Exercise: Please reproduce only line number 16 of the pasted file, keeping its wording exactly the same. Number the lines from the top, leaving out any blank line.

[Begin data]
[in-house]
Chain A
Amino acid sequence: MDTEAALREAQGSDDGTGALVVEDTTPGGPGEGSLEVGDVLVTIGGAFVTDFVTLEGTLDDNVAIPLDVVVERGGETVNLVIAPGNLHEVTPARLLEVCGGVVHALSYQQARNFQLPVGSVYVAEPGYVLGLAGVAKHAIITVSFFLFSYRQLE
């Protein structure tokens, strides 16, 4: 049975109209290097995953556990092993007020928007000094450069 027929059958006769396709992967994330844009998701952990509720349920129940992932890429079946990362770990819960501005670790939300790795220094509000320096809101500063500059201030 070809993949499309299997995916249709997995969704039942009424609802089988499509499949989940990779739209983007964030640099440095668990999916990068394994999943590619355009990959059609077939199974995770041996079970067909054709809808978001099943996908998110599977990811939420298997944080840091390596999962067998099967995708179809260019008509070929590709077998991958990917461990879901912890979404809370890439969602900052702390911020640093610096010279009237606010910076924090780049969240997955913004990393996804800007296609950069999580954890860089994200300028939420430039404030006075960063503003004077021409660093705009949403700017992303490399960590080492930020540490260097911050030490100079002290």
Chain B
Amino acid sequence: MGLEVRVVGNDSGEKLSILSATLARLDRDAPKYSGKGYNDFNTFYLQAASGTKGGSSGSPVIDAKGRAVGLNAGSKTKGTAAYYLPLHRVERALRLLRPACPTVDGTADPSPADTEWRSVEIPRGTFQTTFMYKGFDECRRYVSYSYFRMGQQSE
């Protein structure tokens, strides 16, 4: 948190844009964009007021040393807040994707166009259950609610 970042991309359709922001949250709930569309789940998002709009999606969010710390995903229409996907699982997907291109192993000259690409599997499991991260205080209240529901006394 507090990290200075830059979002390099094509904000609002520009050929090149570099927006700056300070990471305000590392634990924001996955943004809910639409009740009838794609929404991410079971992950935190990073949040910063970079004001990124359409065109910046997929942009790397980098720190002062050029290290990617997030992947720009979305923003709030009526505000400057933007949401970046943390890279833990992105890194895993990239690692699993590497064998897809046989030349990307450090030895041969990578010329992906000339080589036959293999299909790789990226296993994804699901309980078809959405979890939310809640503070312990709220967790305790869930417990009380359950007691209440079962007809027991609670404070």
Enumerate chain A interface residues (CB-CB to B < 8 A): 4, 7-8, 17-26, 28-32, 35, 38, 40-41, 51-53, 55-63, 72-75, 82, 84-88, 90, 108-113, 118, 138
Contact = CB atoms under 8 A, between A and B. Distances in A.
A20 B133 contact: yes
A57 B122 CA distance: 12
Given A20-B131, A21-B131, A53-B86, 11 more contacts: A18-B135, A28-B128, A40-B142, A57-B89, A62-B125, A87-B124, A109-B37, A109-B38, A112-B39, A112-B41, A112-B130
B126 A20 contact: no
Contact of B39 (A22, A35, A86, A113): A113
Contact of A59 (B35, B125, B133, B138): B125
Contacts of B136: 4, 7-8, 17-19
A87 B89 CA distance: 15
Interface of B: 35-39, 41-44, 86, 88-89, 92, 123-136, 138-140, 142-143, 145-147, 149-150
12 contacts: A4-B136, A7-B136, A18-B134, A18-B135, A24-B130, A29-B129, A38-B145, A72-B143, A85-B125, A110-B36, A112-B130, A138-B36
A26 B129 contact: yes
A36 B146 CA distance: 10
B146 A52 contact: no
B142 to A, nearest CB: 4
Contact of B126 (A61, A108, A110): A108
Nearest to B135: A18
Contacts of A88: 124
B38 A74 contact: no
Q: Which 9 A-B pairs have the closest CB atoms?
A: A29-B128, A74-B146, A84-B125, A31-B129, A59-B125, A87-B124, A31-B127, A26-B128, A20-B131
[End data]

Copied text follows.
Contacts of B136: 4, 7-8, 17-19